Friday Film Roundup: ‘Bottoms,’ ‘The Equalizer 3,’ ‘Perpetrator,’ and More

ENTERTAINMENTBy 2024-01-24T16:27:19-05:00September 1st, 2023|
  • Bottoms (2023). Courtesy of ORION Pictures Inc. - © 2023 ORION RELEASING LLC. All Rights Reserved.

The first weekend of September is full of blood, guts, and gore. All five films we’re highlighting this weekend are pretty brutal affairs. We have the Denzel Washington-led Equalizer threequel, a bloody spoof of high school comedies, and two ultraviolent, indie horror films that are most definitely not for the faint of heart. It isn’t even October yet, but the Halloween season seems to already be upon us!

“Bottoms” (In Theaters)

A high-school spoof movie that splits the difference between “Not Another Teen Movie” and “Fight Club”, “Bottoms” reunites director Emma Seligman with co-writer and star Rachel Sennott in their follow-up to 2020’s “Shiva Baby.” This time, Sennott stars alongside comedian Ayo Edebiri, who has recently found mainstream acclaim for her performance in FX’s “The Bear”. Here, the two star as lifelong friends who are both gay and desperate to lose their virginities before college starts. As a last-ditch effort at some kind of popularity, they start a self-defense club for girls that gets out of hand pretty quickly.

“Bottoms” is easily the funniest movie of the year and maybe the funniest movie of the last couple of years. It is everything you want it to be and so much more. There’s a perfect blend of action and comedy, with a story that has some genuine heart behind it. The performances are all great, the parody is spot-on, and it’s been a long time since a movie has been this consistently funny all the way through.

“The Equalizer 3” (In Theaters)

Who would’ve thought that Denzel Washington, at nearly 70 years old, would be headlining one of the most anticipated action movie sequels of the year? This third, and final, installment in the surprisingly popular “Equalizer” adaptation relocates Washington’s Robert McCall — who, at this point, bears little resemblance to the Robert McCall of the 1980s TV series — to Italy, where he hopes to live out the rest of his days in peace.

However, when the Italian mafia starts encroaching on his little slice of heaven, he’s forced to “equalize” things one more time. Reuniting Washington with his “Man on Fire” co-star, Dakota Fanning, this mostly standalone installment looks like a fitting end to the franchise. Despite the hard-R rating, the two previous installments of the series grossed more than $100 million each. And with Fanning on board, this final “Equalizer” film may end up being the most popular one yet.

“Perpetrator” (Shudder)

Master of camp Jennifer Reeder’s new horror film, “Perpetrator,” is her wildest work yet. The film follows a 17-year-old girl played by Melanie Liburd (“This Is Us,”“Game of Thrones”) who’s sent to live with her great aunt just a week before her 18th birthday. Unbeknownst to her, she comes from a long line of shapeshifting women who can absorb the appearance, emotions, and thoughts of anyone around them.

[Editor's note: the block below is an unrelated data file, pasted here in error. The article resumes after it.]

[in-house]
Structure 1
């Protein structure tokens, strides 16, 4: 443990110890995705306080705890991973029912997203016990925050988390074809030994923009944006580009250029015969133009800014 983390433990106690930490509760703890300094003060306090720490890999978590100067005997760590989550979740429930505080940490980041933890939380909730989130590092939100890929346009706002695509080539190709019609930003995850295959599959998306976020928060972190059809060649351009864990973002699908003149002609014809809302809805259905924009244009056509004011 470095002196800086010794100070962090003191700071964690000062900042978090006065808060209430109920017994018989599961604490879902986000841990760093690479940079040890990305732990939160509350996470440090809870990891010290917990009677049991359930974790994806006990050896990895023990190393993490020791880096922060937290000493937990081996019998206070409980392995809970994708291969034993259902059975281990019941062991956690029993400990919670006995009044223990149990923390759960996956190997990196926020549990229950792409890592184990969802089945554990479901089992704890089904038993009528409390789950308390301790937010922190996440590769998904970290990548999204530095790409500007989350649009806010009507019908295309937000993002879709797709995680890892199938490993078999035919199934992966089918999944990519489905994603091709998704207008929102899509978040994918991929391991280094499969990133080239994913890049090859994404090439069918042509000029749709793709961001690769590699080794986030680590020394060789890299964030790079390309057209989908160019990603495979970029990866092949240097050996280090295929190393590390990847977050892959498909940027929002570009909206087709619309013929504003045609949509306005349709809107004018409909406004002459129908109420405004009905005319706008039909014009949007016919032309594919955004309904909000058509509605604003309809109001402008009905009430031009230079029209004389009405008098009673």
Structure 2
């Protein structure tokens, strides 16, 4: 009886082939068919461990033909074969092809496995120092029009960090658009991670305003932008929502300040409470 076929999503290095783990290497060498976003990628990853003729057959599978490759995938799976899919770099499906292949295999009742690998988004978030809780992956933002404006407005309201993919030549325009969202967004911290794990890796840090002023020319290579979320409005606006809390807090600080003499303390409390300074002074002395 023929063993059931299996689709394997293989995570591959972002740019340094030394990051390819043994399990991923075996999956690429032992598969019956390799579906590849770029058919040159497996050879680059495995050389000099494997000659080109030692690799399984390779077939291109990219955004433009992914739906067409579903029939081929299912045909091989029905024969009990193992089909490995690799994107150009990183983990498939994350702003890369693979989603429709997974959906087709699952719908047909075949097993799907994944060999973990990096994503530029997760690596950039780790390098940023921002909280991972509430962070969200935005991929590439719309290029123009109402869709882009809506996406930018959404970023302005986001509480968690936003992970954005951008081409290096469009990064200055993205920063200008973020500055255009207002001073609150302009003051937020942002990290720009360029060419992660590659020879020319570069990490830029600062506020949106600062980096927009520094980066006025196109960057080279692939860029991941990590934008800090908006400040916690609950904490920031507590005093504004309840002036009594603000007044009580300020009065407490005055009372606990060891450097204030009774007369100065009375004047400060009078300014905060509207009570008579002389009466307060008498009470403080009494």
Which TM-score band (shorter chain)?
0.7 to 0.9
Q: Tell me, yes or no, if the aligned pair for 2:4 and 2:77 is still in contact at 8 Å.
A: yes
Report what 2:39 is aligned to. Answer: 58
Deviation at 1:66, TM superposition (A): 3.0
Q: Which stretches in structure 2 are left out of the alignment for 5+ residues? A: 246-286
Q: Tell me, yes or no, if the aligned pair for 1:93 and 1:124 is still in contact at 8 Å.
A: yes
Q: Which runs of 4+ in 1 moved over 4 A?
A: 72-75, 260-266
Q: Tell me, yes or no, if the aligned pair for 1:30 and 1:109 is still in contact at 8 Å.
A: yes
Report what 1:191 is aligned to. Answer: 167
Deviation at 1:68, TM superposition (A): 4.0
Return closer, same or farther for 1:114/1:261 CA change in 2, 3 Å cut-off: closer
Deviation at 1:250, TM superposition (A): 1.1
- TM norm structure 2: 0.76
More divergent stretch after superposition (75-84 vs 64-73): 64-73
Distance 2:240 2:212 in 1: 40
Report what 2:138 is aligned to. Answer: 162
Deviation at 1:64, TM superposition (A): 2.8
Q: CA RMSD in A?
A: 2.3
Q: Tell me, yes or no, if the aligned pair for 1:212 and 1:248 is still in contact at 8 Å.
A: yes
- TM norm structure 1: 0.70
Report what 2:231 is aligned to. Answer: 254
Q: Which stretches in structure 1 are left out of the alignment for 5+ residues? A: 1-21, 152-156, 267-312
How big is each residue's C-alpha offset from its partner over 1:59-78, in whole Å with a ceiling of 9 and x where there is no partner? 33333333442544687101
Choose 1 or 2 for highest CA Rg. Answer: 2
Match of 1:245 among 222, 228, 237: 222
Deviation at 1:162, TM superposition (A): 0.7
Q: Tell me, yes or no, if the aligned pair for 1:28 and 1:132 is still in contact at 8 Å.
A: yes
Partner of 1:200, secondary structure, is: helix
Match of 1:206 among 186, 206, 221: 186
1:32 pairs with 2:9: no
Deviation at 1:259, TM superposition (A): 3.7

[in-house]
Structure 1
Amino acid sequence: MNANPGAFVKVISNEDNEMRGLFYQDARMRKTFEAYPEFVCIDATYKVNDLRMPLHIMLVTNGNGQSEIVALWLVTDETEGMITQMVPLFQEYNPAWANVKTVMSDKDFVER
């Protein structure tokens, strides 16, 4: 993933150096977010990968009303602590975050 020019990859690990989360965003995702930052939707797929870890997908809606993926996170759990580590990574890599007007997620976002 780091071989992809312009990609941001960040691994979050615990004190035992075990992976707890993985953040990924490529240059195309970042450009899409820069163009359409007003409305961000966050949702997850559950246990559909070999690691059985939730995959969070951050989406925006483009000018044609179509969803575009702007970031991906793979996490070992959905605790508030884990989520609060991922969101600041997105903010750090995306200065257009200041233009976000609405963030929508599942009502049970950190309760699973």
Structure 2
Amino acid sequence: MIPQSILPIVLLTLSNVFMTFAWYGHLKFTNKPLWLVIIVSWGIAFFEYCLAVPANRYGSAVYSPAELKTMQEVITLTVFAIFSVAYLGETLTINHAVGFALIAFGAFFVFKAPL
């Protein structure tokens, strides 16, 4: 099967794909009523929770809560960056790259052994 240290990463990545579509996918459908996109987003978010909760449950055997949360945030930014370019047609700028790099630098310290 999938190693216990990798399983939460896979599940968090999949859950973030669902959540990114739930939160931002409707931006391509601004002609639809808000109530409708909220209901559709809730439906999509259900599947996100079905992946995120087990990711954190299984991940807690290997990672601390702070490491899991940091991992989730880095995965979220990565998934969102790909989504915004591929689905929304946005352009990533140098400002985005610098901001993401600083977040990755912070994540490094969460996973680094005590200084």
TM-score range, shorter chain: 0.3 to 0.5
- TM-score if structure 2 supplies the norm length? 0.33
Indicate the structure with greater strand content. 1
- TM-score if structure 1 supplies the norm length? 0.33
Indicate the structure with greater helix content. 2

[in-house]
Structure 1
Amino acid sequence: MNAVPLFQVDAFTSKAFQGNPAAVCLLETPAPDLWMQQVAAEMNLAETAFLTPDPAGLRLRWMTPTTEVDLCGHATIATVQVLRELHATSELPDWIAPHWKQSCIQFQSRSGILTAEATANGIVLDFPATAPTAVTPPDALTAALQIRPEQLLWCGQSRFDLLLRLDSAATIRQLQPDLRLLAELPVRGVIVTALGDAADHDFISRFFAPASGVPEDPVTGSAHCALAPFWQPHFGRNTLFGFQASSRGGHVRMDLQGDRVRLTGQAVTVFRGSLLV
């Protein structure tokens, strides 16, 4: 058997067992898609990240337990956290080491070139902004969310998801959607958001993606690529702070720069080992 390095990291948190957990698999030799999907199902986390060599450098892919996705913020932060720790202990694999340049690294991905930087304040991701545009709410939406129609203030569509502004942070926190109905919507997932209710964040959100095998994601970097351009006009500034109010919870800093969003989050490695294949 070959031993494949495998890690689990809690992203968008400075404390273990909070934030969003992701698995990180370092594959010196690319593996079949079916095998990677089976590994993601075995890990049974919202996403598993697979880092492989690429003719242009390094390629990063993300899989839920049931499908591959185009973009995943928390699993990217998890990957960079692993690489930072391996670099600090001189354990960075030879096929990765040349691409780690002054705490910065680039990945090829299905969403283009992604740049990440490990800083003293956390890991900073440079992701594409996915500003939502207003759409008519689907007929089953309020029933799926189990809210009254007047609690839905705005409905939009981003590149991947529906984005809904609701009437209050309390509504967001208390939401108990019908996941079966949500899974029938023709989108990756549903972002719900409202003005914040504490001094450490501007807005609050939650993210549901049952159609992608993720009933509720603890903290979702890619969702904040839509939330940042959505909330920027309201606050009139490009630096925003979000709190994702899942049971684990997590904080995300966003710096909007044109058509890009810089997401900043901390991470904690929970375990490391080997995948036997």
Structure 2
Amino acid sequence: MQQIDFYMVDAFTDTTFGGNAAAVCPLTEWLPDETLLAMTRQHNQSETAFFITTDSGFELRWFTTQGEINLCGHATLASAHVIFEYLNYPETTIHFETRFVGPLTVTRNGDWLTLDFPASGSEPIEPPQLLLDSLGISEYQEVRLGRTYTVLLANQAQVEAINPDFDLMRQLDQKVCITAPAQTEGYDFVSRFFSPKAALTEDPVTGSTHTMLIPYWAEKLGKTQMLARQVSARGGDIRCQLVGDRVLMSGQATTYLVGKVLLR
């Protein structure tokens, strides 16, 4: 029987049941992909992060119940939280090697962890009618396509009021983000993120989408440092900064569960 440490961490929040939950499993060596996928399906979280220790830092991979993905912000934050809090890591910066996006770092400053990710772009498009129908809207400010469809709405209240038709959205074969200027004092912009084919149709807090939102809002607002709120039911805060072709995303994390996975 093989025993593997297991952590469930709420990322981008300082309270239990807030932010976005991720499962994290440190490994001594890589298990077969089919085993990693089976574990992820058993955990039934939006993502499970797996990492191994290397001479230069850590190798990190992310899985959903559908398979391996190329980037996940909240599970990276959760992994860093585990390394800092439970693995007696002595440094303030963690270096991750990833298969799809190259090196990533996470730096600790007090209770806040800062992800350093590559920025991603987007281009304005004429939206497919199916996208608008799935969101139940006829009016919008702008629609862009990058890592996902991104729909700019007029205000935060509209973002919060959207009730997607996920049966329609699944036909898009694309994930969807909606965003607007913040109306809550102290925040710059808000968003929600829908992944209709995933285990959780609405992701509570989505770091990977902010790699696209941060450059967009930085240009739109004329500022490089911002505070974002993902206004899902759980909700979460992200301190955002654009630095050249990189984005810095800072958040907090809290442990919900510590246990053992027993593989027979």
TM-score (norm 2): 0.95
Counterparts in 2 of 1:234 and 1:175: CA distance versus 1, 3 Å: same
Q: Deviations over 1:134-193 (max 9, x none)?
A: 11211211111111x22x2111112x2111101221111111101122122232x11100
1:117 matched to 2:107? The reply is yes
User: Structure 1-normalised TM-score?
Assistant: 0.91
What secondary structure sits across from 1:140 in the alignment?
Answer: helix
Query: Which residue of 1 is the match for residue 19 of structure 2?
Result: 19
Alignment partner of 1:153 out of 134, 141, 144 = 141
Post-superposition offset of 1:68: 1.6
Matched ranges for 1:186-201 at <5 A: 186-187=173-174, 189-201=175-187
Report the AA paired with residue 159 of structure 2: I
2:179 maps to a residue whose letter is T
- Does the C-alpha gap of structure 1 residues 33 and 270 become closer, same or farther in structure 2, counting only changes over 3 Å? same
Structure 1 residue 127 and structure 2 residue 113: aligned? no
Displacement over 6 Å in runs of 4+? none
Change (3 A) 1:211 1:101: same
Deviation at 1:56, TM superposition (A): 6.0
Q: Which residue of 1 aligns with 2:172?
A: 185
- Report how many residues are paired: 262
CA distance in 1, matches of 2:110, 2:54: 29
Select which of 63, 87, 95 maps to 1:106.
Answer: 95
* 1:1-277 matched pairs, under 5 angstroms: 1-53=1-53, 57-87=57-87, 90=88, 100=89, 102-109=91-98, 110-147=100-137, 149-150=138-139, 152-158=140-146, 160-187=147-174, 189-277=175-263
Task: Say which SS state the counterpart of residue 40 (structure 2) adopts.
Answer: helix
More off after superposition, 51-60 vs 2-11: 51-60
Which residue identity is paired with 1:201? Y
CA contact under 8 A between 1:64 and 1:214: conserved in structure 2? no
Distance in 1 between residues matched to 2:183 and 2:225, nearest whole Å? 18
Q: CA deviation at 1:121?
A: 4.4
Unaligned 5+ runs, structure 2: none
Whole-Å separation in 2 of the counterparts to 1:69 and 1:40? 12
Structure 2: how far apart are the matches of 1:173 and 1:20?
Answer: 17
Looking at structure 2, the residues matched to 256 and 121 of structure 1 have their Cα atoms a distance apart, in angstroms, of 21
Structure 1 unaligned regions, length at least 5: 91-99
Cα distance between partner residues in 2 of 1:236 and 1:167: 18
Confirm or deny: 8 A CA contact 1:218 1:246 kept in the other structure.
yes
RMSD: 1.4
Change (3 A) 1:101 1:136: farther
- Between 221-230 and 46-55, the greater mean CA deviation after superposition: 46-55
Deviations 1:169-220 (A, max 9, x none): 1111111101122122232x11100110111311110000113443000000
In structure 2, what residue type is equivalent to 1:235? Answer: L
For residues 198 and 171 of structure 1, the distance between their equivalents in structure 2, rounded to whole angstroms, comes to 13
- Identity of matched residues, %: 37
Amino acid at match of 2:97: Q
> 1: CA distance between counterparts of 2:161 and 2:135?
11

Love it or hate it, “Perpetrator” is unlike anything you’ll see this year. Its blend of stomach-churning gore and feminist themes is complemented by its shamelessly campy tone and daring, bizarre performance by Alicia Silverstone. It’s also extremely divisive, garnering a decidedly mixed response following its premiere at Berlinale.

“Marisol” (In Theaters)

For some first-generation Latinos, the story of their journey to the United States is something of a mystery. For children who came to the states at a very young age, living in America is all they know. But as films like “Marisol” remind us, none of that matters if you’re undocumented. Even if you don’t know it.

The film follows its titular character (played by Esmeralda Camargo), a smart and hard-working high school student, as she gets ready to move on to college. However, she is arrested for a crime she didn’t commit and learns that she is, in fact, undocumented. This sensitive and unique portrayal of what it means to be an American will resonate with any first-generation immigrant trying to make a life for themselves in the US.

“Beaten to Death” (In Theaters)

When it comes to action and horror movies, Australia doesn’t mess around. Just a few months ago, “Talk to Me” was a minor hit in America, but there are countless Australian genre films that have found an audience abroad. We can add “Beaten to Death,” an aptly titled survival story that is being hailed as one of the year’s most uncompromisingly violent films, to the list. We know we’ve said it more than once at this point, but seriously: proceed at your own risk. And maybe don’t eat dinner right before seeing it.

Josef Rodriguez is a writer, filmmaker, and film critic living in New York City.